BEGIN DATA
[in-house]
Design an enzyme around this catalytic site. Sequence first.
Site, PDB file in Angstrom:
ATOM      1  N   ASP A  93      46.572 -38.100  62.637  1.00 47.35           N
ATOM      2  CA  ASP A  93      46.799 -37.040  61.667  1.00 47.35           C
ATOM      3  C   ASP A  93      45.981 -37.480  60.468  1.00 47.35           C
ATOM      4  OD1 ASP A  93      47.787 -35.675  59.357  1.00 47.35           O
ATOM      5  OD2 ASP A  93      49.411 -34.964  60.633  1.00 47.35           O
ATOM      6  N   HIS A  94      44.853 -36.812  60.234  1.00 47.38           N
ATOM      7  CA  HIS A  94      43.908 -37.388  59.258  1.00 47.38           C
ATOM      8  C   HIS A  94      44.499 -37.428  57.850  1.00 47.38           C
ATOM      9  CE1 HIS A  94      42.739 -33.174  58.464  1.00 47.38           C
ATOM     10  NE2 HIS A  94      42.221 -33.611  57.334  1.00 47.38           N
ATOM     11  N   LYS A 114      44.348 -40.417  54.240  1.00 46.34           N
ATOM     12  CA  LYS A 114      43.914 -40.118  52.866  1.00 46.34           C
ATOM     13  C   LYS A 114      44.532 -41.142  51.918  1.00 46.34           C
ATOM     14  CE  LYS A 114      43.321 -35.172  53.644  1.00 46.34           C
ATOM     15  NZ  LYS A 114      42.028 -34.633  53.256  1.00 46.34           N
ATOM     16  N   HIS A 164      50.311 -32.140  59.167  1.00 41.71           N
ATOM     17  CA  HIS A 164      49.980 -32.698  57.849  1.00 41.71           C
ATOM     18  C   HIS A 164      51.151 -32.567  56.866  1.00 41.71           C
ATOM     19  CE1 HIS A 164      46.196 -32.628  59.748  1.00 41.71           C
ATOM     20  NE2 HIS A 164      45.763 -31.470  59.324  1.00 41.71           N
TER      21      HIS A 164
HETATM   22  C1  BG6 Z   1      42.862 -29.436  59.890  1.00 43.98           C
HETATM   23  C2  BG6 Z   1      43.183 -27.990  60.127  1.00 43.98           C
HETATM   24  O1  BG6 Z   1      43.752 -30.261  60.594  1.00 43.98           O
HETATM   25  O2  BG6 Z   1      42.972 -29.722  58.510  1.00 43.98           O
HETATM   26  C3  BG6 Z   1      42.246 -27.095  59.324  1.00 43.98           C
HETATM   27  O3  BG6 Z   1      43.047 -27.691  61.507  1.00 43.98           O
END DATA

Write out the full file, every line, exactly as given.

[in-house]
Design an enzyme around this catalytic site. Sequence first.
Site, PDB file in Angstrom:
ATOM      1  N   ASP A  93      46.572 -38.100  62.637  1.00 47.35           N
ATOM      2  CA  ASP A  93      46.799 -37.040  61.667  1.00 47.35           C
ATOM      3  C   ASP A  93      45.981 -37.480  60.468  1.00 47.35           C
ATOM      4  OD1 ASP A  93      47.787 -35.675  59.357  1.00 47.35           O
ATOM      5  OD2 ASP A  93      49.411 -34.964  60.633  1.00 47.35           O
ATOM      6  N   HIS A  94      44.853 -36.812  60.234  1.00 47.38           N
ATOM      7  CA  HIS A  94      43.908 -37.388  59.258  1.00 47.38           C
ATOM      8  C   HIS A  94      44.499 -37.428  57.850  1.00 47.38           C
ATOM      9  CE1 HIS A  94      42.739 -33.174  58.464  1.00 47.38           C
ATOM     10  NE2 HIS A  94      42.221 -33.611  57.334  1.00 47.38           N
ATOM     11  N   LYS A 114      44.348 -40.417  54.240  1.00 46.34           N
ATOM     12  CA  LYS A 114      43.914 -40.118  52.866  1.00 46.34           C
ATOM     13  C   LYS A 114      44.532 -41.142  51.918  1.00 46.34           C
ATOM     14  CE  LYS A 114      43.321 -35.172  53.644  1.00 46.34           C
ATOM     15  NZ  LYS A 114      42.028 -34.633  53.256  1.00 46.34           N
ATOM     16  N   HIS A 164      50.311 -32.140  59.167  1.00 41.71           N
ATOM     17  CA  HIS A 164      49.980 -32.698  57.849  1.00 41.71           C
ATOM     18  C   HIS A 164      51.151 -32.567  56.866  1.00 41.71           C
ATOM     19  CE1 HIS A 164      46.196 -32.628  59.748  1.00 41.71           C
ATOM     20  NE2 HIS A 164      45.763 -31.470  59.324  1.00 41.71           N
TER      21      HIS A 164
HETATM   22  C1  BG6 Z   1      42.862 -29.436  59.890  1.00 43.98           C
HETATM   23  C2  BG6 Z   1      43.183 -27.990  60.127  1.00 43.98           C
HETATM   24  O1  BG6 Z   1      43.752 -30.261  60.594  1.00 43.98           O
HETATM   25  O2  BG6 Z   1      42.972 -29.722  58.510  1.00 43.98           O
HETATM   26  C3  BG6 Z   1      42.246 -27.095  59.324  1.00 43.98           C
HETATM   27  O3  BG6 Z   1      43.047 -27.691  61.507  1.00 43.98           O